Vocations: April 2013 Archives
Earlier today in Rome Pope Francis ordained 10 men to the priesthood of Jesus Christ. He showed up early to the sacristy to spend time in prayer with each of the men to be ordained. For bishops, ordinations are their way of being generative; the newly ordained are often referred to as spiritual sons of the bishop. The Pope ordained pastors, not functionaries; he ordained shepherds of souls, not church babysitters. Below is his homily.
Beloved brothers and sisters: because these our sons, who are your relatives and friends, are now to be advanced to the Order of priests, consider carefully the nature of the rank in the Church to which they are about to be raised.
It is true that God has made his entire holy people a royal priesthood in Christ. Nevertheless, our great Priest himself, Jesus Christ, chose certain disciples to carry out publicly in his name, and on behalf of mankind, a priestly office in the Church. For Christ was sent by the Father and he in turn sent the Apostles into the world, so that through them and their successors, the Bishops, he might continue to exercise his office of Teacher, Priest, and Shepherd. Indeed, priests are established co-workers of the Order of Bishops, with whom they are joined in the priestly office and with whom they are called to the service of the people of God.
Good Shepherd Sunday, the 4th Sunday of Easter, was observed in Rome with the ordination of 10 men to the priesthood by Pope Francis. Following the ordination the Pope delivered the weekly Regina Caeli address. Here's an excerpt:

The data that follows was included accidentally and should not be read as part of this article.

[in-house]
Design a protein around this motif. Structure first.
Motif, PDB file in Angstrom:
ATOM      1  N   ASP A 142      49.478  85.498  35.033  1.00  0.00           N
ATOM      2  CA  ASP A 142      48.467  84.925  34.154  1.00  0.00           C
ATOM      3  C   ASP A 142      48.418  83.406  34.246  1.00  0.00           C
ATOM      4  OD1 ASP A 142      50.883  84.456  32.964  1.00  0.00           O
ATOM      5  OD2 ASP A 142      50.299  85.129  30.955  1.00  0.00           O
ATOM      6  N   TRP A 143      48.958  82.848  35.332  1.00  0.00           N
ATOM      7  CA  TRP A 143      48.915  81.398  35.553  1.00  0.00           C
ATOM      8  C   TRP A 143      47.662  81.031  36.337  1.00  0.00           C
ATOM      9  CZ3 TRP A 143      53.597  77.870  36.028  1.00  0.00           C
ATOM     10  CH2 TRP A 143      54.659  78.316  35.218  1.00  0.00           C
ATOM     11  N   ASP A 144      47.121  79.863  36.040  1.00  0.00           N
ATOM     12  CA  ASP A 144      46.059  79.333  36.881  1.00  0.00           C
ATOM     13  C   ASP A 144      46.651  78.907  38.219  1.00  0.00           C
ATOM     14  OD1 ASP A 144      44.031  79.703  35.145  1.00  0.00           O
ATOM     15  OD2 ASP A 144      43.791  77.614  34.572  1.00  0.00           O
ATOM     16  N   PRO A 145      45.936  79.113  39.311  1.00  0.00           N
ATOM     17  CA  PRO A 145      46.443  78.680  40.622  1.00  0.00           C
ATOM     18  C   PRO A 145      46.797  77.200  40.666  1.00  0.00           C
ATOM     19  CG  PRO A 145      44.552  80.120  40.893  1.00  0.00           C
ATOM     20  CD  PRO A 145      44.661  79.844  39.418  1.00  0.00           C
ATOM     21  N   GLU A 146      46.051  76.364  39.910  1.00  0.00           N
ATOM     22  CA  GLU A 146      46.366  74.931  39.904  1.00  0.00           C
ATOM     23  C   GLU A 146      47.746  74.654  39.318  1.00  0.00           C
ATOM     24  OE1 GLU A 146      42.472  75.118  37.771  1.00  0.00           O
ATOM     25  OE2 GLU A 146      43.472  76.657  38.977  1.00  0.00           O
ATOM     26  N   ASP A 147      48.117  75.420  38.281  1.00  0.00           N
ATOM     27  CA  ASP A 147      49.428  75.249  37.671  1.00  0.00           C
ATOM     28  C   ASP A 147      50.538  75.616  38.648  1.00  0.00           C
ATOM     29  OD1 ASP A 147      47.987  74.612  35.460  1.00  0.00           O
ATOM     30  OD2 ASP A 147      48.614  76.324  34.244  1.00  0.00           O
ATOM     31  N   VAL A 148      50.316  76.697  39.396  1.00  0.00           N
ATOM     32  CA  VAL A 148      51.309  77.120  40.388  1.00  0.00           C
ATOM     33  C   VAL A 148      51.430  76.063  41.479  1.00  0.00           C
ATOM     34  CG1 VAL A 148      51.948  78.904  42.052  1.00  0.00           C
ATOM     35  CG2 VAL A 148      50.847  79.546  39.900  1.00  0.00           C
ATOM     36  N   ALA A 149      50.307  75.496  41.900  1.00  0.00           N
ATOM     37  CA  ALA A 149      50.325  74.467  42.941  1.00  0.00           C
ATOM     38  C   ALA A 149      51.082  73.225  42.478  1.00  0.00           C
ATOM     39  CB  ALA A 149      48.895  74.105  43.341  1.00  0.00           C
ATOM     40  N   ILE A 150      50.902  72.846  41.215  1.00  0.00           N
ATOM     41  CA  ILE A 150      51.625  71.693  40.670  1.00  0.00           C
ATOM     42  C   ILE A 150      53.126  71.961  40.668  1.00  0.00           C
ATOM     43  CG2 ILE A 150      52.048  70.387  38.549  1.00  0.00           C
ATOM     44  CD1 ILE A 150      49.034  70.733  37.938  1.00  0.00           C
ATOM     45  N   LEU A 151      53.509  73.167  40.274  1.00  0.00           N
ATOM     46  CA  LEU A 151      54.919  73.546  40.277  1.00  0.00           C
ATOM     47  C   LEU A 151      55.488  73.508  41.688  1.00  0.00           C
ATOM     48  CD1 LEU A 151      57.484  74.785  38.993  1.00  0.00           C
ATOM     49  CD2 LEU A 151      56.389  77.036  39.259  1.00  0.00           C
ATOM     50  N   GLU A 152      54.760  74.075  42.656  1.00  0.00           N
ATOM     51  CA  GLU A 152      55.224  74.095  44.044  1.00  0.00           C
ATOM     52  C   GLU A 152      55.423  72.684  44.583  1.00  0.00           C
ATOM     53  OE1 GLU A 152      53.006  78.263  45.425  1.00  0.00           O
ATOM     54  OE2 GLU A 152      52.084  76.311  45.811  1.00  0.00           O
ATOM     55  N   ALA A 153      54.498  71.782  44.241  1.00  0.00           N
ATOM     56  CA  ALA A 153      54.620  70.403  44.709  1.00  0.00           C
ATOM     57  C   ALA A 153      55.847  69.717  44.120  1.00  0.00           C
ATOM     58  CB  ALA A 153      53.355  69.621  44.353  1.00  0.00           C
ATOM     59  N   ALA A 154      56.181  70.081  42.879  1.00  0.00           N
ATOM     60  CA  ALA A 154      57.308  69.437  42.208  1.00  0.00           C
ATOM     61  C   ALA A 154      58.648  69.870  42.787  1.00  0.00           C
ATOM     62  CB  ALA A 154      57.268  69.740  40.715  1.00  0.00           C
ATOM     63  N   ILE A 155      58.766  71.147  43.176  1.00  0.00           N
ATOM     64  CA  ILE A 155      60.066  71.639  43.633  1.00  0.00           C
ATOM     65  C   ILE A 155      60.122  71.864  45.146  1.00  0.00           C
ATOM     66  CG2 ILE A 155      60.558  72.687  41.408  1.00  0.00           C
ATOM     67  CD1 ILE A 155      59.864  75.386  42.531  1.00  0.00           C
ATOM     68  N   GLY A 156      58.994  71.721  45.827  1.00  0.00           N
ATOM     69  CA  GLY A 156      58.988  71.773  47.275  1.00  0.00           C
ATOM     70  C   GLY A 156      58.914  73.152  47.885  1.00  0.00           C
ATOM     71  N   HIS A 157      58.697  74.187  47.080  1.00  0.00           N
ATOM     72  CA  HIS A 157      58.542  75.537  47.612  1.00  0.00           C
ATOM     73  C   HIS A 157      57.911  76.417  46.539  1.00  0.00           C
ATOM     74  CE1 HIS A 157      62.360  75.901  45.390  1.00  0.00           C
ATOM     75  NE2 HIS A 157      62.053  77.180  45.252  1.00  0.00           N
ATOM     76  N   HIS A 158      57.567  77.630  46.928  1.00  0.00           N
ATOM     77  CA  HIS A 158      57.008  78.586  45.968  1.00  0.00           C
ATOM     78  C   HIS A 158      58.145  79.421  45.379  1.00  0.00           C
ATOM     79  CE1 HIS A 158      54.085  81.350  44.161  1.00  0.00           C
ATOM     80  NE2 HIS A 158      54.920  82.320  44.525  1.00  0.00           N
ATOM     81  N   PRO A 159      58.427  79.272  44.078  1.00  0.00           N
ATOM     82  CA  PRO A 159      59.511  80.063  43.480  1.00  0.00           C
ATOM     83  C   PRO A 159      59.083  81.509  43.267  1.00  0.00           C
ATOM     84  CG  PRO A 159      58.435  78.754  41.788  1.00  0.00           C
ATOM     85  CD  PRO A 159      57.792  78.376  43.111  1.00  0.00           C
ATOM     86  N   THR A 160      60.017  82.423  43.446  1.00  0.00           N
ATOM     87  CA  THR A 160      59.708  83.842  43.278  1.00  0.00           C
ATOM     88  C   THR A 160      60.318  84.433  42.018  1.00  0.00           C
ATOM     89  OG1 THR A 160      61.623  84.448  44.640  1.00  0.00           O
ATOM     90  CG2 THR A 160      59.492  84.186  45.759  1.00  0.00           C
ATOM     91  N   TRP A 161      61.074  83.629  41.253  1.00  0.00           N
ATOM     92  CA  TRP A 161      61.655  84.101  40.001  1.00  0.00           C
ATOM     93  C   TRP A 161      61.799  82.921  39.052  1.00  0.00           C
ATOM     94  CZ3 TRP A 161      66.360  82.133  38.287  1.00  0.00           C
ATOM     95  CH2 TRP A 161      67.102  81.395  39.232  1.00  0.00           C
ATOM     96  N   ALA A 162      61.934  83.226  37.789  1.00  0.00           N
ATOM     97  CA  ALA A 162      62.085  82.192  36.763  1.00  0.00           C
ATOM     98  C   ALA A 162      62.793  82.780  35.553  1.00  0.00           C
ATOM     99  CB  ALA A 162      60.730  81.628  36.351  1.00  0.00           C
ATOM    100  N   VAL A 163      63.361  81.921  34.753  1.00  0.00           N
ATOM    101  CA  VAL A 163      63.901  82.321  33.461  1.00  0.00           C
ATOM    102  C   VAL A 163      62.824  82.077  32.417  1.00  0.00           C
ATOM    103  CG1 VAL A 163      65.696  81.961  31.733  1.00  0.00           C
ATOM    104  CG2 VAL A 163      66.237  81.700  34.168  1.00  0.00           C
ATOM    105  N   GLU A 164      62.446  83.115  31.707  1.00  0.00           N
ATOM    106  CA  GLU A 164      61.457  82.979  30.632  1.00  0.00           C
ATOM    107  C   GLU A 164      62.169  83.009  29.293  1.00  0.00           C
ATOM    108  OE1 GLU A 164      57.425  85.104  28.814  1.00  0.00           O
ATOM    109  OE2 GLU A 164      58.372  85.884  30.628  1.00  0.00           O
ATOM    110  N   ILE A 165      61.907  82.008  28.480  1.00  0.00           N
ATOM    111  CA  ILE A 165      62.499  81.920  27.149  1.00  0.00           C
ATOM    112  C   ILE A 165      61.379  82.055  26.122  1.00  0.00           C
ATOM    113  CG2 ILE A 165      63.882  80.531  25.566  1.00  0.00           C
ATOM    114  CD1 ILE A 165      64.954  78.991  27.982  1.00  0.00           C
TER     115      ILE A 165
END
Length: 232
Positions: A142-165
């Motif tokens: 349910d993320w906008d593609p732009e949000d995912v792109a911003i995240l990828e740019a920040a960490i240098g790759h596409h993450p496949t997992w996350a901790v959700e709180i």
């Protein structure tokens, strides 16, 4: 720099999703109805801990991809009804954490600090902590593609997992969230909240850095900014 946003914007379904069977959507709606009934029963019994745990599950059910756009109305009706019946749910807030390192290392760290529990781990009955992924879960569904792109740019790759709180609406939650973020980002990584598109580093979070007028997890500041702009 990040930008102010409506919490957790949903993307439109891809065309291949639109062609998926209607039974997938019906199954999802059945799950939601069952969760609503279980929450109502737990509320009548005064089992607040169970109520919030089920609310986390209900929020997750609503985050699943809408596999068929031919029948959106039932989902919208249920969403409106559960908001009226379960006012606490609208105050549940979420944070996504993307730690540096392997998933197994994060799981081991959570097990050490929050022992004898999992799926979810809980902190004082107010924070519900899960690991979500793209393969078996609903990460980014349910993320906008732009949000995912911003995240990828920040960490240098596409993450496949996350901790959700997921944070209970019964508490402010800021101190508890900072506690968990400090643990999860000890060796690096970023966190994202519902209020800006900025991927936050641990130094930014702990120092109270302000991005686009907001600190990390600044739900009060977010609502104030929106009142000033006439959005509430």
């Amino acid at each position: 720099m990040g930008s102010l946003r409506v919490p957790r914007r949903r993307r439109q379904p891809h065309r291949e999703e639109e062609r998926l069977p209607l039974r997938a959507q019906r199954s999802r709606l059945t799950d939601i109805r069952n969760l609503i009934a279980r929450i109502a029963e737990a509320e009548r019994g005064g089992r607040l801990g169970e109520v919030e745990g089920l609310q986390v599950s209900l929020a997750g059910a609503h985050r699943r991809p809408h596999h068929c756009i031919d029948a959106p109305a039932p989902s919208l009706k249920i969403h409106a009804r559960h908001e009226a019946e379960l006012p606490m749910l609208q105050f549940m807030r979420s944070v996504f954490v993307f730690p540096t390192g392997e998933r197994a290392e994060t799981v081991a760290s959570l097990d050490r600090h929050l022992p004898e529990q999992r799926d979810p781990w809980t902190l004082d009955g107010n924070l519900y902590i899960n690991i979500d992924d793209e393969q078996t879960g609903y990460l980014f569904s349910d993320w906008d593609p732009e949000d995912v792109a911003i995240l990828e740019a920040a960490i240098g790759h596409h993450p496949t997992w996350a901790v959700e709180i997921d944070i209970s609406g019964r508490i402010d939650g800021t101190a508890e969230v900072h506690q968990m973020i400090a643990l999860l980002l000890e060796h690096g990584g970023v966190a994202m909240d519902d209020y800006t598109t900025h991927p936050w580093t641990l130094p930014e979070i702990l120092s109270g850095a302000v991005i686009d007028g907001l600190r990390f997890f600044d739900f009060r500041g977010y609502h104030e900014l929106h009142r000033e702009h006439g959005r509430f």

The voice of Jesus is unique! If we learn to distinguish it, He guides us on the path of life, a path that goes beyond the abyss of death.
But at a certain point Jesus, referring to his sheep, says: "My Father, who has given them to me..." (Jn 10,29). This is very important, it is a profound mystery, that is not easy to understand: if I feel attracted to Jesus, if his voice warms my heart, it is thanks to God the Father, who has put in me the desire of love, of truth, life, beauty ... and Jesus is all this to the full! This helps us to understand the mystery of vocation, particularly the call to a special consecration. Sometimes Jesus calls us, invites us to follow him, but maybe we don't realize that it is Him, just like young Samuel.
Regina Caeli address, 21 April 2013
Fourth Sunday of Easter
World Day of Prayer for Vocations
Many, nor all, but many, women religious in the USA have been feeling under pressure to address their lack of unity with Scripture and Tradition (read: Magisterium) over the last few decades. Of course, let me emphasize, not all women religious, but there are enough that have been living lives that are inconsistent with the charism of their orders, and who have taught their own theology especially on moral matters. Some have set up their own teaching authority over and against that of the Holy See. But this is not a matter of who has the right to make decisions, but it is about how all members of the baptized live in communio with the Jesus Christ and His sacrament, the Church. Their justification may very well be explained that women religious believed they are doing what the Council decreed. Will the US sisters now offer spin on what said and done in Rome today? How will they support the shepherding of Pope Francis? Will the US sisters now reassess their place as members of the Mystical Body of Christ?
Here is the press release of the Holy See:
COMMUNIQUE OF THE CONGREGATION FOR THE DOCTRINE OF THE FAITH CONCERNING A MEETING WITH THE PRESIDENCY OF THE LEADERSHIP CONFERENCE OF WOMEN RELIGIOUS IN THE USA
Today the Superiors of the Congregation for the Doctrine of the Faith met with the Presidency of the Leadership Conference of Women Religious (LCWR) in the United States of America. Most Rev. J. Peter Sartain, Archbishop of Seattle and the Holy See's Delegate for the Doctrinal Assessment of the LCWR, also participated in the meeting.
As this was his first opportunity to meet with the Presidency of the LCWR, the Prefect of the Congregation, Most Rev. Gerhard Ludwig Müller, expressed his gratitude for the great contribution of women Religious to the Church in the United States as seen particularly in the many schools, hospitals, and institutions of support for the poor which have been founded and staffed by Religious over the years.